Tuesday, September 19, 2006

Relevancy of the Middle Ages; or how a Medieval Source Got the Pope in Trouble

Pope Benedict has elicited Muslim outrage because he cited and quoted a medieval emperor's musings on Islam, faith and reason. (See!!! The Middle Ages can be relevant to today!!!) Here is the quote, stripped of all context:
"Show me just what Mohammed brought that was new, and there you will find things only evil and inhuman, such as his command to spread by the sword the faith he preached."
Juan Cole asserts that the Pope was in error both theologically and historically in his citation:
The pope was trying to make the point that coercion of conscience is incompatible with genuine, reasoned faith. He used Islam as a symbol of the coercive demand for unreasoned faith.

But he has been misled by the medieval polemic on which he depended.

In fact, the Quran also urges reasoned faith and also forbids coercion in religion. The only violence urged in the Quran is in self-defense of the Muslim community against the attempts of the pagan Meccans to wipe it out.
The "medieval polemic" to which Cole refers is the work done by Theodore Khoury, whose translation of Manuel II's writings the Pope depended on.

Thomas F. Madden, historian of the Crusades (and he wrote a good review article on recent Crusade books here), has written about some of the important missing context that has been stripped away.
This is a tough lecture to boil down to one sentence, but if forced I would characterize it as: Theology belongs in the university because only by studying faith with reason will we find solutions to the problems of our time. However, if instead of reading the lecture we simply cut out everything except the words of Manuel II Palaeologus written six centuries ago, then we have a good justification for Pakistan’s parliament to unanimously condemn the pope. If we further pretend that it was Benedict, rather than a long-dead emperor, who expressed these sentiments we have a sound basis for the [subsequent Muslim outrage].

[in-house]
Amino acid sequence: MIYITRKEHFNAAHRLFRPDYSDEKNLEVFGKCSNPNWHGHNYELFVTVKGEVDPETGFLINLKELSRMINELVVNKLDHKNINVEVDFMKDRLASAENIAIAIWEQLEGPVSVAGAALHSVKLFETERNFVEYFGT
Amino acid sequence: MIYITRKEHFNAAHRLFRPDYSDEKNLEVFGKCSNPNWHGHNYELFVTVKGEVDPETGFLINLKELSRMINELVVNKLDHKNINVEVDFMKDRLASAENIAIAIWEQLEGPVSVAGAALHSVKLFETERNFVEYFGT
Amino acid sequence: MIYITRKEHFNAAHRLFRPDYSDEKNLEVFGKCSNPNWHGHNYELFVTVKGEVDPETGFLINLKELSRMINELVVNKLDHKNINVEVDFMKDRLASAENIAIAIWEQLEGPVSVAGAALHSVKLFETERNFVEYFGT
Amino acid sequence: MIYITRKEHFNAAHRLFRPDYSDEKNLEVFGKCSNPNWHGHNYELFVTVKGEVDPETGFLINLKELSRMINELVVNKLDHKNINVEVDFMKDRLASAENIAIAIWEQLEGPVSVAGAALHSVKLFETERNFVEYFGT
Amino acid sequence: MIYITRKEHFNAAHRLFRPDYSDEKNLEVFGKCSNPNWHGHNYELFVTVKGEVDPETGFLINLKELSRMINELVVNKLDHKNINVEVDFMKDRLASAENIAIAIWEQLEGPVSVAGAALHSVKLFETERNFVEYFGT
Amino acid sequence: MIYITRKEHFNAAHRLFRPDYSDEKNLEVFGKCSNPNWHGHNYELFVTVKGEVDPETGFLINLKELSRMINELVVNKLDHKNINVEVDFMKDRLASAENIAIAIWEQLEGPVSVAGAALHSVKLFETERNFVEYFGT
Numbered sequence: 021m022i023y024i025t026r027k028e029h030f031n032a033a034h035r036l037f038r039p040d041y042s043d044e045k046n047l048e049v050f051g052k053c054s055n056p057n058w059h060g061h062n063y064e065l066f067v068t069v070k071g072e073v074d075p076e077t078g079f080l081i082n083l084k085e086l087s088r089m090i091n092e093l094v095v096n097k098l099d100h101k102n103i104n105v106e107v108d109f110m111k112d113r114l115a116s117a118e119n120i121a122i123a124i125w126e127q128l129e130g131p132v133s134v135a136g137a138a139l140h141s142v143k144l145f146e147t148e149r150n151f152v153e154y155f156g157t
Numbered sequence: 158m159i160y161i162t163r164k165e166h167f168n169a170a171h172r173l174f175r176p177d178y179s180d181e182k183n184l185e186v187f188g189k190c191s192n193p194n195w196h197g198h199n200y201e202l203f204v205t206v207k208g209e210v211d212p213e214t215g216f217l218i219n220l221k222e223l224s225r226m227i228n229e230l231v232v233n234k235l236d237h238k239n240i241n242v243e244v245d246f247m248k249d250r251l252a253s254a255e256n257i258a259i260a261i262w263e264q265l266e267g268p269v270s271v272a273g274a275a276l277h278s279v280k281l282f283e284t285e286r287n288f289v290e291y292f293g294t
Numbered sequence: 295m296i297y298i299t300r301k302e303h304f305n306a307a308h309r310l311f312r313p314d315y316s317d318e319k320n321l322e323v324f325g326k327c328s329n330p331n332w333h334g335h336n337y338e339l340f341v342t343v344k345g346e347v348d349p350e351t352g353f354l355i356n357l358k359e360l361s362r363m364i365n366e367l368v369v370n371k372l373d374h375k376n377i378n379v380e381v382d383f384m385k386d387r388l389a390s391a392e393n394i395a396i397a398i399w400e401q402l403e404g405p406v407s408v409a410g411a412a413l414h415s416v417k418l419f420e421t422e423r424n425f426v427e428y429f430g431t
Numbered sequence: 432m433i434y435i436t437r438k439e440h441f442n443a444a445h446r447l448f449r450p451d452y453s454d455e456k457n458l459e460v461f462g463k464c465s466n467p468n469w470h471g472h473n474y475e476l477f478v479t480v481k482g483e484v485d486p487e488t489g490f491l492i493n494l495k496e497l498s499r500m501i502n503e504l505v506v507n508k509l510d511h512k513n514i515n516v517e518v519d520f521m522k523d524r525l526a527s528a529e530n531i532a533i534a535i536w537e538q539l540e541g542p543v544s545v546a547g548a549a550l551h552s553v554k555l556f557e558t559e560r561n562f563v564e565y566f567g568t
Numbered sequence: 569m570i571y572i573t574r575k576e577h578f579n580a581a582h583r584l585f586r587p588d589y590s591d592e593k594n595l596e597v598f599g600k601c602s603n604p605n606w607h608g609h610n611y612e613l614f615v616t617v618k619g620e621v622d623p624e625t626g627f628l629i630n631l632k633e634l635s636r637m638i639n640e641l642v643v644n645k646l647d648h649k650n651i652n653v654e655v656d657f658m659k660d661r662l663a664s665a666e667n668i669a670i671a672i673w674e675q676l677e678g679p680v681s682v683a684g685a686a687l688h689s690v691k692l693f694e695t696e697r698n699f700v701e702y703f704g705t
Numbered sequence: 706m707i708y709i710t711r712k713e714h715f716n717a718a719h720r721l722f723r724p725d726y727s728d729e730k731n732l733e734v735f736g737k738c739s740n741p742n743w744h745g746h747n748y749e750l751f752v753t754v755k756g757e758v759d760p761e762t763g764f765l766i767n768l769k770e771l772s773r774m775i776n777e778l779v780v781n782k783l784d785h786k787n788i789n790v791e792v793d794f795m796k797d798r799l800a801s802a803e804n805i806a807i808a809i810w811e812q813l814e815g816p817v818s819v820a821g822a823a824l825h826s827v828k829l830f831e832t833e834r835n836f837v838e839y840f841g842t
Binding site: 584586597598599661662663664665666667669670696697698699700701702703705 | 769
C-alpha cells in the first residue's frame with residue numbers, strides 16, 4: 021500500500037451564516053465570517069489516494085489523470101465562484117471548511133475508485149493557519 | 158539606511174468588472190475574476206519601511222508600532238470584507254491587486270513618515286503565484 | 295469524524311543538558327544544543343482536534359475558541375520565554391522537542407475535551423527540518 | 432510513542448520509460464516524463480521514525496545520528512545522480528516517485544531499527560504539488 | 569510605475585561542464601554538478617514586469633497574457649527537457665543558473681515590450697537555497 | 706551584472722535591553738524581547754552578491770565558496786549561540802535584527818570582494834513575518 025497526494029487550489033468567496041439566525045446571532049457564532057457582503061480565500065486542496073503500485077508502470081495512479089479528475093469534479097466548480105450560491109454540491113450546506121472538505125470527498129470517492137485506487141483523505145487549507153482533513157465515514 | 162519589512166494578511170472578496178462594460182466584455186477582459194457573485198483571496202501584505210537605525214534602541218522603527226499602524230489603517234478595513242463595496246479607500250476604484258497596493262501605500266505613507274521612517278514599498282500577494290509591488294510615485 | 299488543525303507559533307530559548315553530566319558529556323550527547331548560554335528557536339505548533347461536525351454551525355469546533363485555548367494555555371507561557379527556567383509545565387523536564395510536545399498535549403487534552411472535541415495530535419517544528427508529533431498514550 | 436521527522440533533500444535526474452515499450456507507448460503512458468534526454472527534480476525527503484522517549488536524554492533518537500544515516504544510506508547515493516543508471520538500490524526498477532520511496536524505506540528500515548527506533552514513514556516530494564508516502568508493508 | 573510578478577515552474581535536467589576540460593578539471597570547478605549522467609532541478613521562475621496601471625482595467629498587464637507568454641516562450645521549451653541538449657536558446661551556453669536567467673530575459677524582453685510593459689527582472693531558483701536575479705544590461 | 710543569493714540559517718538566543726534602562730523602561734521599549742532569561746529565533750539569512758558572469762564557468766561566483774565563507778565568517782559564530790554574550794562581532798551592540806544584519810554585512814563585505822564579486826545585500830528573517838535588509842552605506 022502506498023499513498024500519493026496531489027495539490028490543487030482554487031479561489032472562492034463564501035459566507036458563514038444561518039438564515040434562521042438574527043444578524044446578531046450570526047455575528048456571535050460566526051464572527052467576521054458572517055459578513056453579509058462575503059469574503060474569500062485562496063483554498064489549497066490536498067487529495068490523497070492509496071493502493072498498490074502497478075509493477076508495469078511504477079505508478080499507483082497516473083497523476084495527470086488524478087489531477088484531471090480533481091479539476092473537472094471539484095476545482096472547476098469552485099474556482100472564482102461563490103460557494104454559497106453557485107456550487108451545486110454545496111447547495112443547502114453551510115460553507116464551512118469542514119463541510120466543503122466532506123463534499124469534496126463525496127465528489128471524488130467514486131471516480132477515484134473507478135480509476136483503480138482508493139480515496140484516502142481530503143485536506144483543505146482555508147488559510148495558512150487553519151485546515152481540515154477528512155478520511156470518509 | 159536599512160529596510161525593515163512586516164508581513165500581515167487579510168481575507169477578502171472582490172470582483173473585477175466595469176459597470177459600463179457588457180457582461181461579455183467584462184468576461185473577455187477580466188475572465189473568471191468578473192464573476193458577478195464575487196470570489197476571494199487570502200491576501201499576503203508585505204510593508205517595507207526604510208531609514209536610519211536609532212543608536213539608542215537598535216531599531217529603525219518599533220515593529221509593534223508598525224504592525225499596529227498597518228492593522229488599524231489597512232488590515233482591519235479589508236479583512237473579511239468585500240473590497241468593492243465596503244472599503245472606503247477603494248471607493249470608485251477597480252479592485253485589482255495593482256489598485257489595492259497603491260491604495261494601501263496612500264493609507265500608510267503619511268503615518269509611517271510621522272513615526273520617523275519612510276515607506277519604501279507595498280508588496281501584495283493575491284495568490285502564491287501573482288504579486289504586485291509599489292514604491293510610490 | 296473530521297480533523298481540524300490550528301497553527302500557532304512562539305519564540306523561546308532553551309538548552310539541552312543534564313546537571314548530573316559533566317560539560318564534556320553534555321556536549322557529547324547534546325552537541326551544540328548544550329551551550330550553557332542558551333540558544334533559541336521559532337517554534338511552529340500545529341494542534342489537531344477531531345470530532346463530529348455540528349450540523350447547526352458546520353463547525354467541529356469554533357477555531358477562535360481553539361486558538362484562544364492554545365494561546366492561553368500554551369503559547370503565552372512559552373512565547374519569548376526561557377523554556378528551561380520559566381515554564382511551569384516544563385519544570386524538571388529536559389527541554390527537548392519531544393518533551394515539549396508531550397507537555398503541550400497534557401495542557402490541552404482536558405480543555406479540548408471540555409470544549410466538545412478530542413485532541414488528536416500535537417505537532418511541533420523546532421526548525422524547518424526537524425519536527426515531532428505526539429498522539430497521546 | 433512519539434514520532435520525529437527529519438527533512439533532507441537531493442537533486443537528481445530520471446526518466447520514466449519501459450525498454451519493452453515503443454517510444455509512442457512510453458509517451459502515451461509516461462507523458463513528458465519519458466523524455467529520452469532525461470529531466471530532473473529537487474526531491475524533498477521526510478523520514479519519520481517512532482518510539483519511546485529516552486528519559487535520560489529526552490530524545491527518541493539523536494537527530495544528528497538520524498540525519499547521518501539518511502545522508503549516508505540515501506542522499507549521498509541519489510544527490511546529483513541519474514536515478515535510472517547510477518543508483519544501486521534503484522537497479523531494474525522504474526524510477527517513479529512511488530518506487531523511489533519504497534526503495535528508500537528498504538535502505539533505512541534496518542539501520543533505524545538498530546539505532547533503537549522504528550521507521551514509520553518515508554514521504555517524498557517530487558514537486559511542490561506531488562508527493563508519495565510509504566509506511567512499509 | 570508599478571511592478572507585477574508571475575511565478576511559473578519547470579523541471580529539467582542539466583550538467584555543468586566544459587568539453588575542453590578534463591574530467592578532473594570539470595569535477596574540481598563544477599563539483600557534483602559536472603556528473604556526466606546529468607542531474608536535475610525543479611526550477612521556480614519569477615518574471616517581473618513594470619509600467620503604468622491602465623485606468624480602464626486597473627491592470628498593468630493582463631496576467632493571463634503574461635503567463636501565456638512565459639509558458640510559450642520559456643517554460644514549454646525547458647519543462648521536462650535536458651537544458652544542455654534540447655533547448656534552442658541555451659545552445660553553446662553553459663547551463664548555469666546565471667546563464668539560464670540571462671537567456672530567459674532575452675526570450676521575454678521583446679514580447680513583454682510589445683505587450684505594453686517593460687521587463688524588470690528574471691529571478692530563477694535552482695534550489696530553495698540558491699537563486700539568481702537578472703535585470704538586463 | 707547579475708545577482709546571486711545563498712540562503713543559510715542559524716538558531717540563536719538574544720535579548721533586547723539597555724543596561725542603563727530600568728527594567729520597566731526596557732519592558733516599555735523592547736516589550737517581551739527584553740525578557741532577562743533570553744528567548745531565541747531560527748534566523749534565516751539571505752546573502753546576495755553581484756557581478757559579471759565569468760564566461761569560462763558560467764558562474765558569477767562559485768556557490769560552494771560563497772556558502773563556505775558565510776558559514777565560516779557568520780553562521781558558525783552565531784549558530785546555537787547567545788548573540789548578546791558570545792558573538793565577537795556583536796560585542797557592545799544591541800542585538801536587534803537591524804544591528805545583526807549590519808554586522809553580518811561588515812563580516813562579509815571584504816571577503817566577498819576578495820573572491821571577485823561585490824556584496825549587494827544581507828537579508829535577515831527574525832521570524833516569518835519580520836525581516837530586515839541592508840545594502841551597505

Andrew Morse is helpful in explaining why there is outrage in the Muslim world against what the Pope was talking about:

Although the furor over Pope Benedict’s [address] has centered on a perceived insult to the prophet Mohammed, I believe that the remarks were directed at a more recent figure, Sayyid Qutb, an Egyptian writer active in the Muslim Brotherhood in the mid-20th century whose writings are widely read in the Islamic world today....many of Sayyid Qutb’s writings concern the split between faith and reason embodied in Western philosophy. According to Luke Loboda’s invaluable essay on Qutb’s work, Qutb believed that Christianity, under the influence of Greek philosophy and Roman tradition, had created a separation between faith and reason that was unnatural, unspiritual, and ungodly. In the Christianized West, maintaining social order became a purely rational process separated from religious faith, forcing people to continually deny the truth that faith and reason were inextricably linked, leaving them in disharmony with God’s creation.

In Qutb’s view, God had provided man with a system for uniting faith and reason in his day-to-day life – the system of Islamic law. Reason was acceptable when used for interpreting or implementing Islamic law, but not useful for discovering truths outside of its structure. Social orders claiming a rational basis and without relation to Islamic law and were especially unacceptable; Qutb viewed them as restrictions on and distractions from the precise instructions provided by God on how to exist harmoniously within the universe.

This is a complicated topic and I've only begun to really get into it myself. (In fact, after doing this post, I discovered that Wikipedia has an excellent summary of the debate!) But regardless of my own relative naivete on the subject, I can see that there are genuine debates concerning faith and reason and how the relate internally and externally to Christianity and Islam. Unfortunately, these worthy intellectual pursuits are subsumed by the reactions of the "Arab Street" who are nothing more than tools of radical imams or totalitarian governments who seek to use them for their own gain.

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